Pope Francis at Sunday Angelus Feb 20

By Vatican News staff reporter

Feb 21 2022

During the Sunday Angelus, Pope Francis invites people to follow the example of Jesus and react to wrongdoing with kindness rather than anger or violence.

In his catechesis during the Sunday Angelus, Pope Francis turned his thoughts to the Gospel of the day focusing on the basic life guidance that Jesus gives his disciples. He noted that the Lord is referring “to the most difficult situations, those that constitute the litmus test for us .”

The Pope explained that the disciple “is called not to give into instinct and hatred, but to go further, much further.”

Drawing from the Gospel of Luke, Pope Francis underlined that Jesus says: “Love your enemies, do good to those who hate you” and “If anyone strikes you on the cheek, offer the other also.”

The Pope went on to consider that sense of injustice that we feel in “turning the other cheek”.

He described how Jesus, during his unjust trial before the high priest, receives a slap from one of the guards. “The Lord then asks for an account of the evil received,” said the Pope.

“Turning the other cheek,” commented Pope Francis, “does not mean suffering in silence, giving into injustice. With his question, Jesus denounces what is unjust. But he does so without anger nor violence, rather with kindness.”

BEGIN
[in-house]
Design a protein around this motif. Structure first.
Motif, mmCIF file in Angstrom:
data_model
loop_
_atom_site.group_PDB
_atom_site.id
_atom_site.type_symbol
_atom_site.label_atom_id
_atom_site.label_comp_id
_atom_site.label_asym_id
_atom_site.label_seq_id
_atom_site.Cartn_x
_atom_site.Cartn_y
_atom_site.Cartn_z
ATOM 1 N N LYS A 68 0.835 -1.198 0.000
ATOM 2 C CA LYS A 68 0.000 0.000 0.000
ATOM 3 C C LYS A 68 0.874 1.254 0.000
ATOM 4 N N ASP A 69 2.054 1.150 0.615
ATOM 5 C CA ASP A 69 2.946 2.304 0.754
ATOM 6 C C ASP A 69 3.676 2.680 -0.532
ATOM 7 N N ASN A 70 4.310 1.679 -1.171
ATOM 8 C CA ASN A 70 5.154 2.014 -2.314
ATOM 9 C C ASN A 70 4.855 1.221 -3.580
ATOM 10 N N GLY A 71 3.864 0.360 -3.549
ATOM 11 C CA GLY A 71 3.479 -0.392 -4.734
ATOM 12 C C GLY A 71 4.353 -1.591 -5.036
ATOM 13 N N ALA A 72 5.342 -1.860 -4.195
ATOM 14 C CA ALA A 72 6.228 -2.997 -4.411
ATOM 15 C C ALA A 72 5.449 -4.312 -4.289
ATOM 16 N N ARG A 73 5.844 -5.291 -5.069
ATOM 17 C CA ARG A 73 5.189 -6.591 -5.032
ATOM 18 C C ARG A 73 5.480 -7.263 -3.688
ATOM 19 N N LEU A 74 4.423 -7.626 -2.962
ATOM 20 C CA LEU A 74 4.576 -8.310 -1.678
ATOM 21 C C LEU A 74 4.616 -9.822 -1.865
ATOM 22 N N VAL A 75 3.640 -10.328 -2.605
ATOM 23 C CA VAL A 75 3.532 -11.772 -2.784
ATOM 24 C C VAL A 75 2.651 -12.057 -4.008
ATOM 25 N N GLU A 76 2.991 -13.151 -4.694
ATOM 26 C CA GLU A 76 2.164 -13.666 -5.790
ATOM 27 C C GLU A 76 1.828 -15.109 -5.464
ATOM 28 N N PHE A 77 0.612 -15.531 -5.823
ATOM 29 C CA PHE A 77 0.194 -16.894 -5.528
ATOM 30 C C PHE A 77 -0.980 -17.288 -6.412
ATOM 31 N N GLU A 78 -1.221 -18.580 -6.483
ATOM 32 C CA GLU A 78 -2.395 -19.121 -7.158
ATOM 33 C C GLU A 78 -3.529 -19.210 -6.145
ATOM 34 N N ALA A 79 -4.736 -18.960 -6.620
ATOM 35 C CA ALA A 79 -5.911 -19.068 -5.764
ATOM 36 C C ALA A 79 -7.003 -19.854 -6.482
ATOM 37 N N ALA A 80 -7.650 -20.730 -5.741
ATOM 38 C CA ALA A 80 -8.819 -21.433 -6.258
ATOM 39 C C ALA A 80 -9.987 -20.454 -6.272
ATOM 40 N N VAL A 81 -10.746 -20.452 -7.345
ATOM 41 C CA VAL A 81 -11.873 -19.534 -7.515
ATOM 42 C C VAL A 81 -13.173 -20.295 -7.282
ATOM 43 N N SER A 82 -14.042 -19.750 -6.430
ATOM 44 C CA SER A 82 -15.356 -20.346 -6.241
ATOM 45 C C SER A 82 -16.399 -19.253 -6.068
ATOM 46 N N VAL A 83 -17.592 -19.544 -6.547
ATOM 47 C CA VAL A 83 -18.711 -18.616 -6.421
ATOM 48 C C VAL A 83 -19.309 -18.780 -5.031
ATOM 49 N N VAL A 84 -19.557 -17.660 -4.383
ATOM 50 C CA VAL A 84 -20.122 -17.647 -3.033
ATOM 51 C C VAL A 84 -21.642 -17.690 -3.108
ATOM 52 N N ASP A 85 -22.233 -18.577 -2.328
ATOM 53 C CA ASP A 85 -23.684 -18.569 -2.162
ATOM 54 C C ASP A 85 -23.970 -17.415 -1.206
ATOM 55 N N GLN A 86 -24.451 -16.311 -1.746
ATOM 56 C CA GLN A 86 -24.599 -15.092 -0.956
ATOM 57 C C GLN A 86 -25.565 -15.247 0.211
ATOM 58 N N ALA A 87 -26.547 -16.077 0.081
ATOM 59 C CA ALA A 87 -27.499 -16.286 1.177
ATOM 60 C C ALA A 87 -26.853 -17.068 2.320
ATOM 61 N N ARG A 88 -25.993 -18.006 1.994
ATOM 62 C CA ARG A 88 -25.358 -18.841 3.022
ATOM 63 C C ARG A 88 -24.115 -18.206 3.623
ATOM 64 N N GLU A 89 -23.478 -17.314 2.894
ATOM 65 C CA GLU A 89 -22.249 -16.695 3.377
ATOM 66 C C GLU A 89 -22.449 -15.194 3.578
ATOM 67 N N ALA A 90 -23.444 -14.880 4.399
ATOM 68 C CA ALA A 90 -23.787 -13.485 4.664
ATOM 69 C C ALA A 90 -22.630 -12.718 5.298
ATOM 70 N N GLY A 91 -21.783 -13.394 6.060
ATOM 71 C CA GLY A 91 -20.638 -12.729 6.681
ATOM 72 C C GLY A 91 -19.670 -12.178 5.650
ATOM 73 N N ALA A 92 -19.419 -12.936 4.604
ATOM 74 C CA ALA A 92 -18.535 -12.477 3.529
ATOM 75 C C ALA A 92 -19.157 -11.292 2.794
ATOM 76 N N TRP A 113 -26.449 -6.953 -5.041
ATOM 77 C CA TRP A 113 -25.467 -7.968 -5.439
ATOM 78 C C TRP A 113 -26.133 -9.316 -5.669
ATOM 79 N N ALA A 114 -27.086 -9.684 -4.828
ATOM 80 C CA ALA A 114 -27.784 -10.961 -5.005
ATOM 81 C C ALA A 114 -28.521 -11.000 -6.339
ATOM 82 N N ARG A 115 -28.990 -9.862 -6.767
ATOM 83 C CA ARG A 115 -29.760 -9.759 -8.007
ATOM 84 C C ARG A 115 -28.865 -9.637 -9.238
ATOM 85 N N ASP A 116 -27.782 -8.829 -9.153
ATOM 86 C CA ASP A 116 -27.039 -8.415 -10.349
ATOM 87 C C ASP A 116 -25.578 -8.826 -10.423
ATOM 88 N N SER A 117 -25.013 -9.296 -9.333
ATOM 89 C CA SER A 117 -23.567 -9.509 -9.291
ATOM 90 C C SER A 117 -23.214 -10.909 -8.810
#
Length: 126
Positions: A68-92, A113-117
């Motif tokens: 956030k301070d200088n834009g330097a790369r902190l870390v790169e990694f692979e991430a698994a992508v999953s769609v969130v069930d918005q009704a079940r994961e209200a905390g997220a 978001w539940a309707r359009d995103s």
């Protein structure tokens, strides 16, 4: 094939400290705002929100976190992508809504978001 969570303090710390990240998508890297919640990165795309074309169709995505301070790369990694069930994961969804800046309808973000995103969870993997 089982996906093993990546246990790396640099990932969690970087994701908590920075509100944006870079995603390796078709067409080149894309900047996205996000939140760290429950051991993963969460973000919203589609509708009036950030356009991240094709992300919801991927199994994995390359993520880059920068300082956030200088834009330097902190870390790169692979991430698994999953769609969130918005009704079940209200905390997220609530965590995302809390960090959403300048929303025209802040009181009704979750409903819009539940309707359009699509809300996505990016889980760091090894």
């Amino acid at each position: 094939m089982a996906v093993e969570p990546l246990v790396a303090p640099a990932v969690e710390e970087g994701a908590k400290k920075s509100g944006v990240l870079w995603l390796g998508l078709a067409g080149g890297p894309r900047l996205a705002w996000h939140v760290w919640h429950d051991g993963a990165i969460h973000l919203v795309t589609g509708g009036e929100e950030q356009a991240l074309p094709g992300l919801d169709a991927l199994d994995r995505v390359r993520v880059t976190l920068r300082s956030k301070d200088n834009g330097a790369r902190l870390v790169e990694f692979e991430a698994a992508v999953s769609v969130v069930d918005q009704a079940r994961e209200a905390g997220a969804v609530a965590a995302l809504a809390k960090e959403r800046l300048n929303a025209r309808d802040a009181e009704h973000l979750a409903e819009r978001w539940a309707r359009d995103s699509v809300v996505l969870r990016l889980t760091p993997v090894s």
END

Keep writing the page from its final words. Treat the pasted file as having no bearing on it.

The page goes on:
Overcoming evil with good

The Pope explained that Jesus’ meekness is a stronger response than the beating he received. Turning the other cheek is not the retreat of the loser, but the action of one who has greater inner strength, who overcomes evil with good.”

Addressing the faithful in St Peter’s Square, Pope Francis said “it is the freely given, undeserved love we receive from Jesus that generates in the heart a way of doing things that is similar to his, that rejects all vengeance.”

Asking if it was possible for a person to come to love his enemies, the Pope remarked, “ if it depended only on us, it would be impossible.” But with the Spirit of Jesus “we can respond to evil with good, we can love those who hurt us.”

Pope Francis lamented how sad it was when people who are proud to be Christians “see others as enemies and think of waging war against each other.”

In conclusion, the Pope urged people to pray for those who do us wrong and ask the Holy Spirit to act in our hearts. Follow the example of Jesus, he said, “meek, during his trial.” -Vatican News